FAQ

Do I have to have x-rays?
What are sealants and does my child need them?
My insurance says they pay 80% on fillings. Why did they only pay 75% on mine?
Do I have to have a crown on my root canal treated tooth?
What is an implant and how is it different from a bridge?
What should I do if my tooth is knocked out?
Why do I need scaling and root planing? How is that different from a simple cleaning?

Do I have to have x-rays?

Dental x-rays are a very important part of a dentist’s comprehensive exam. Many times cavities that grow between teeth or under fillings cannot be detected without the help of x-rays. X-rays are not only used by a dentist to help diagnose tooth decay, but they are also critical in examining the bone and tissues which surround your teeth. They also aid in detecting periodontal disease, determining the presence and extent of infection, and, in some cases, diagnosing oral cancer. X-rays are a very important part of maintaining good dental health and are necessary for a proper diagnosis.

What are sealants and does my child need them?

Sealants are placed on the chewing surfaces of teeth to help prevent tooth decay. Teeth with deep grooves and fissures on their chewing surface are usually good candidates for sealants. The sealant is a plastic-like resin material which starts out in liquid form. After the tooth is cleaned, the sealant material is applied into the grooves. It is then hardened with a special ultraviolet light. Sealing the grooves prevents penetration of bacteria thereby preventing tooth decay. Anesthetic is not needed to place sealants, and they can usually be applied in just a few minutes. With proper care they may last many years. Of course, regular brushing and flossing is essential to preventing tooth decay, but sealants may provide a good head start.

What are sealants and does my child need them?

My insurance says they pay 80% on fillings. Why did they only pay 75% on mine?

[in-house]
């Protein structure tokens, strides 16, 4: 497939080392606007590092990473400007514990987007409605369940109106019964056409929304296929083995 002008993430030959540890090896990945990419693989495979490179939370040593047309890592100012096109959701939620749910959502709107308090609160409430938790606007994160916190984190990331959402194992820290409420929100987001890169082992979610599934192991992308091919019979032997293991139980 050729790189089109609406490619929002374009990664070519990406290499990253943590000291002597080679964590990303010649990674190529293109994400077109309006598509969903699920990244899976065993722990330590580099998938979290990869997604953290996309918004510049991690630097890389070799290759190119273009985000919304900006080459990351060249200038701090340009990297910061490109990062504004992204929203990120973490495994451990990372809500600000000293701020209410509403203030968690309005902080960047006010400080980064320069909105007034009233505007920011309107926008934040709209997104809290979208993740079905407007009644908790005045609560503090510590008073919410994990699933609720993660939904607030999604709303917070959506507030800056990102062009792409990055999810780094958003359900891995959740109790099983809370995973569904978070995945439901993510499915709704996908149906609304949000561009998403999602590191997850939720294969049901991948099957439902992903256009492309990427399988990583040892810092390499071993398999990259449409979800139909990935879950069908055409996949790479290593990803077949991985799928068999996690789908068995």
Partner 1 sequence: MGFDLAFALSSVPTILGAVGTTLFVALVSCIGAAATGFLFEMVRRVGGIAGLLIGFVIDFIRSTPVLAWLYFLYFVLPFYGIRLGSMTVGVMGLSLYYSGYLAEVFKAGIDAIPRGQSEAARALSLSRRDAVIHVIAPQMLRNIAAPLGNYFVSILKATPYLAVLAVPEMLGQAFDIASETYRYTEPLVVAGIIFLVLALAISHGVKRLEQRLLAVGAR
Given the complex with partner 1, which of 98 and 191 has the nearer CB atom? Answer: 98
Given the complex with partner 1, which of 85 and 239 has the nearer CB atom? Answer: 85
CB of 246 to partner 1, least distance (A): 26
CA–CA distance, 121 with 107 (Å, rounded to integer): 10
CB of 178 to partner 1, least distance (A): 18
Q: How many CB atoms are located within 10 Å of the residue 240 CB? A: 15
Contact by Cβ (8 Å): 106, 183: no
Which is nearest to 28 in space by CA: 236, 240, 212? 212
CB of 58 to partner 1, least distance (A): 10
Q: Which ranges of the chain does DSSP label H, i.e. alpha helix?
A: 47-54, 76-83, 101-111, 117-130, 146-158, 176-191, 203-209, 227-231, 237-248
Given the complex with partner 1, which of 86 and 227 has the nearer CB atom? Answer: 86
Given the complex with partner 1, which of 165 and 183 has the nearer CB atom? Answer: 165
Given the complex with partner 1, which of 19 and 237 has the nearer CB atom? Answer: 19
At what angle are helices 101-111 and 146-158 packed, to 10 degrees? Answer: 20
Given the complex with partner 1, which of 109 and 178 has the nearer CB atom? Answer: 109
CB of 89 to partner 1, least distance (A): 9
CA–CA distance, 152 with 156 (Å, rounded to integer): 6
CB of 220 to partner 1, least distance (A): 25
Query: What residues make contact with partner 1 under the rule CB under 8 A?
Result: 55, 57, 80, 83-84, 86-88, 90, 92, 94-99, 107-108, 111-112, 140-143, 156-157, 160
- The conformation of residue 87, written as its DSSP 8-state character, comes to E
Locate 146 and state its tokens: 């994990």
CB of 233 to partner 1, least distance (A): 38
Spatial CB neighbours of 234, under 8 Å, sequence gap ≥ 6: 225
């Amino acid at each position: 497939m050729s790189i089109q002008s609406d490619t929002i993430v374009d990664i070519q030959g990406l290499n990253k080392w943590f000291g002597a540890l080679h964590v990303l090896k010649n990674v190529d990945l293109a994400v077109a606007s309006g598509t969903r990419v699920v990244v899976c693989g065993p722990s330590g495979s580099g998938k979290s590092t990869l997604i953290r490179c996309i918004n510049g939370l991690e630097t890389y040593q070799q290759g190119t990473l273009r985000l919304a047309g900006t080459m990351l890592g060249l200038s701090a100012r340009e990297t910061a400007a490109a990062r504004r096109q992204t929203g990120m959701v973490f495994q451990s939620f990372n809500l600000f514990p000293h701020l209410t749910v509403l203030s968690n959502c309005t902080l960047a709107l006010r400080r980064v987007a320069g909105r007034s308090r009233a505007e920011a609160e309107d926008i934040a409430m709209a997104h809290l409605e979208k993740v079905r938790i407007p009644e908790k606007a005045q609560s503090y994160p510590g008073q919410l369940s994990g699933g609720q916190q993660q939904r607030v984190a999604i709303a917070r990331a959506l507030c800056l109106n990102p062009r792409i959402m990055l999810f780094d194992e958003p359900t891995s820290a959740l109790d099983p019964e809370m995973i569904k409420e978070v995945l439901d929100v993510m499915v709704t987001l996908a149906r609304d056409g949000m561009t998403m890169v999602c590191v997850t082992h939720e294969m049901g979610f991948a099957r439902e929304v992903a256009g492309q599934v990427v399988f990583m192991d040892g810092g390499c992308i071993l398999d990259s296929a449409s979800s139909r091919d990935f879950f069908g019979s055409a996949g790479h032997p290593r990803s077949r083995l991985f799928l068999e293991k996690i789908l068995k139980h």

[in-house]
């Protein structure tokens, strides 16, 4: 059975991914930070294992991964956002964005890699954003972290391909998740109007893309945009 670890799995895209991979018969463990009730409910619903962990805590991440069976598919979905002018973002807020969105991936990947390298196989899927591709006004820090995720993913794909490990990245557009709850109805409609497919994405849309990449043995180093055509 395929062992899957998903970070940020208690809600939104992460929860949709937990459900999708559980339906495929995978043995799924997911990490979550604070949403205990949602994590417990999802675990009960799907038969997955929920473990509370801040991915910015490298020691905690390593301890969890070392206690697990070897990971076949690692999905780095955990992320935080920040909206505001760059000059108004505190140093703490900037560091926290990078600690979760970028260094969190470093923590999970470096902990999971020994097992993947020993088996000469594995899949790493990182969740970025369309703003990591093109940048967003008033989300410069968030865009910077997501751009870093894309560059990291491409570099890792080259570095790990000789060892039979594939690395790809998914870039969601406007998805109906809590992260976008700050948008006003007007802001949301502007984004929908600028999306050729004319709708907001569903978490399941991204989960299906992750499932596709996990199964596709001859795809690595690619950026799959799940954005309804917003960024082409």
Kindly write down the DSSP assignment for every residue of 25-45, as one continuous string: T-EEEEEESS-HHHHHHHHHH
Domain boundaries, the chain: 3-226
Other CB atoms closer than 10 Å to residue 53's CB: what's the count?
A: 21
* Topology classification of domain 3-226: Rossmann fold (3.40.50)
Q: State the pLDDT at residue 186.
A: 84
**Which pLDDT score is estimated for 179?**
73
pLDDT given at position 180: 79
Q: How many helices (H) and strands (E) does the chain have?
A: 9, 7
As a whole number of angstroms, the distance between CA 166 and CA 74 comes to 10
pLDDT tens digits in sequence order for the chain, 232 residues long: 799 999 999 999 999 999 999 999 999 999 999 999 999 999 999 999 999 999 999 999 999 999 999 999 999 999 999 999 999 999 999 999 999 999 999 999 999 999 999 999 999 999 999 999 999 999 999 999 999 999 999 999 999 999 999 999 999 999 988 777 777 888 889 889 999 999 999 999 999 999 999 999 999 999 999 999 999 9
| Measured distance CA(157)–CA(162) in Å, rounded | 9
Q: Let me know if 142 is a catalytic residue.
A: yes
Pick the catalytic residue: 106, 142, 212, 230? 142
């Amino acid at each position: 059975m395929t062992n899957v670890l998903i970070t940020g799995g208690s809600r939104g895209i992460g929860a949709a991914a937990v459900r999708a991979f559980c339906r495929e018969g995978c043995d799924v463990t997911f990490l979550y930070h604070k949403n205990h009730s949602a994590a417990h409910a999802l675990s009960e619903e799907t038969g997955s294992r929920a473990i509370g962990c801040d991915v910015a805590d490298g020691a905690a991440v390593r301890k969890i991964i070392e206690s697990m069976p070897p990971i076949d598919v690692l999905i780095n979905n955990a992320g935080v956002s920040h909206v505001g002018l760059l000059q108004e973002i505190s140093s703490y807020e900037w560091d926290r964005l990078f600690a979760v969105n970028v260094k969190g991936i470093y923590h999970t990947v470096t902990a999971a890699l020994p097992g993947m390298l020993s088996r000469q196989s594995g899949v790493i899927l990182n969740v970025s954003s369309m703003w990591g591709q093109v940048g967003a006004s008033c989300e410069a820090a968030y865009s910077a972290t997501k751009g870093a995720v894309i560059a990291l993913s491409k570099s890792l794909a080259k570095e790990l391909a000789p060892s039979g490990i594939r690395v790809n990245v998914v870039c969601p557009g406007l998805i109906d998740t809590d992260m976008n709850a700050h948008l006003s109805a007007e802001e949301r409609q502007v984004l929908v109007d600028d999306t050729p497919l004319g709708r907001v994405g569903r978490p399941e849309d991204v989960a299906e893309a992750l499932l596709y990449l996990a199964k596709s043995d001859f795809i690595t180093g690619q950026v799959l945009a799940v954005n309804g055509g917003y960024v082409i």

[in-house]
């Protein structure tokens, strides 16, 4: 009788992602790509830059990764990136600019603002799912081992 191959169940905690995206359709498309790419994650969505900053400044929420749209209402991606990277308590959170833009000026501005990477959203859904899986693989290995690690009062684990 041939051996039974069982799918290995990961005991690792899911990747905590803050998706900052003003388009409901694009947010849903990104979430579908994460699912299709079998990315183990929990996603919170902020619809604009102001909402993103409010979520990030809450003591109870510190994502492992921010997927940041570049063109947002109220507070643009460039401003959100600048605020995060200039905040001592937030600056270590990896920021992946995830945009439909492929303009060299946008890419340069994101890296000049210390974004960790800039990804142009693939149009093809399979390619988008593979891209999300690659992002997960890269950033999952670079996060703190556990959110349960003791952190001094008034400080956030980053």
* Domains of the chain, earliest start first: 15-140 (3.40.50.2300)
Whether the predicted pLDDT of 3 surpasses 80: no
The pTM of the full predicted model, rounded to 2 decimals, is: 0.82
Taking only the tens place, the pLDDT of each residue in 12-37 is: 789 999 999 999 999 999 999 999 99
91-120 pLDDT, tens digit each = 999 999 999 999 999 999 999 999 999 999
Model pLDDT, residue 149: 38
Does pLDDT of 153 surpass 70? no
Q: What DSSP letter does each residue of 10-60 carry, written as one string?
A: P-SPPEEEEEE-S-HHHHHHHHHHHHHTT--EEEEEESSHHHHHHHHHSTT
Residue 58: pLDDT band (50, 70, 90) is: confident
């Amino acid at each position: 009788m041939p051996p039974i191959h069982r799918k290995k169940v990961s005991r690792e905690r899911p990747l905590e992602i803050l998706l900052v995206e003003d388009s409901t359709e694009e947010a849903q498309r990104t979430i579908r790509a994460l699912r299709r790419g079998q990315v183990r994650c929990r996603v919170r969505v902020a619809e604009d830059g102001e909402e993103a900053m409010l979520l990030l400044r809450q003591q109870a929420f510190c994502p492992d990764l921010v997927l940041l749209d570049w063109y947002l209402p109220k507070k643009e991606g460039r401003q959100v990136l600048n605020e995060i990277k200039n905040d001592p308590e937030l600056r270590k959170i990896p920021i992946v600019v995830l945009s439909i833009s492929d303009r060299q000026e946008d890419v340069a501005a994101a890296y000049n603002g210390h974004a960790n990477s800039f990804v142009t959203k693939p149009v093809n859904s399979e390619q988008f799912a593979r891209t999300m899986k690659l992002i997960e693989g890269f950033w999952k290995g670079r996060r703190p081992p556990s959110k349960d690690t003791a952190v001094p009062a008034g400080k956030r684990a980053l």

Dental insurance is one of the most beneficial and most misunderstood areas in dental treatment today. This explanation will attempt to clear up many common misconceptions about dental insurance. Dental insurance is a contract between the EMPLOYER and the PATIENT. It has NO CONNECTION at all to the dentist who is providing the dental treatment. The extent of coverage varies greatly from company to company, and sometimes even within a company. It has absolutely NOTHING to do with the level of service provided by the dentist and the fee charged for these services. An often misunderstood term used by many insurance companies is “UCR” or usual and customary. This “usual and customary” number is the maximum amount that a particular insurance company will pay for a specific procedure. It has nothing to do with the fee charged, but with the level of coverage negotiated by your employer. For this reason, estimates of a patient’s portion for any given procedure may not be exact because often there are variations in the amount that the insurance company is willing to pay based on your particular policy. For example, if a dentist charges $100 for a filling and the coverage is listed at 80%, the patient may assume that their insurance company will pay $80 toward this filling. However, if your policy only ALLOWS $90 for a filling and your policy ALLOWS 80% coverage of this amount, then the insurance company will ACTUALLY pay $72 toward the service, not $80. So instead of the patient paying $20 out of pocket, they will actually be paying $28 (the remainder of the dentist’s $100 fee). This is a common point of confusion, because the percentages given by the insurance company are not of the DENTIST’S FEE but are percentages of the ALLOWANCE of the insurance policy. Summit Dental Care’s policy on dental insurance is as follows: Our office makes every effort possible to assist you with your particular insurance coverage. Although it is not required, we will prepare and submit your insurance forms free of charge as a courtesy. We will also provide an estimate that will show expected insurance reimbursement and patient share for each procedure. Our office can only ESTIMATE what the insurance company will cover because most insurance companies will not disclose their exact ALLOWANCES. The patient’s estimated share will be due at the time of treatment. Should our estimate of the patient’s share be too high, a credit will be issued to the account or refunded to the patient if requested. Likewise, if the estimate was low, the remainder of the balance will be due at the time that the insurance payment is received. Should no insurance payment be made within 60 days of a submitted claim, the fee will become the sole responsibility of the patient who may choose to take it up with their insurance company at that time.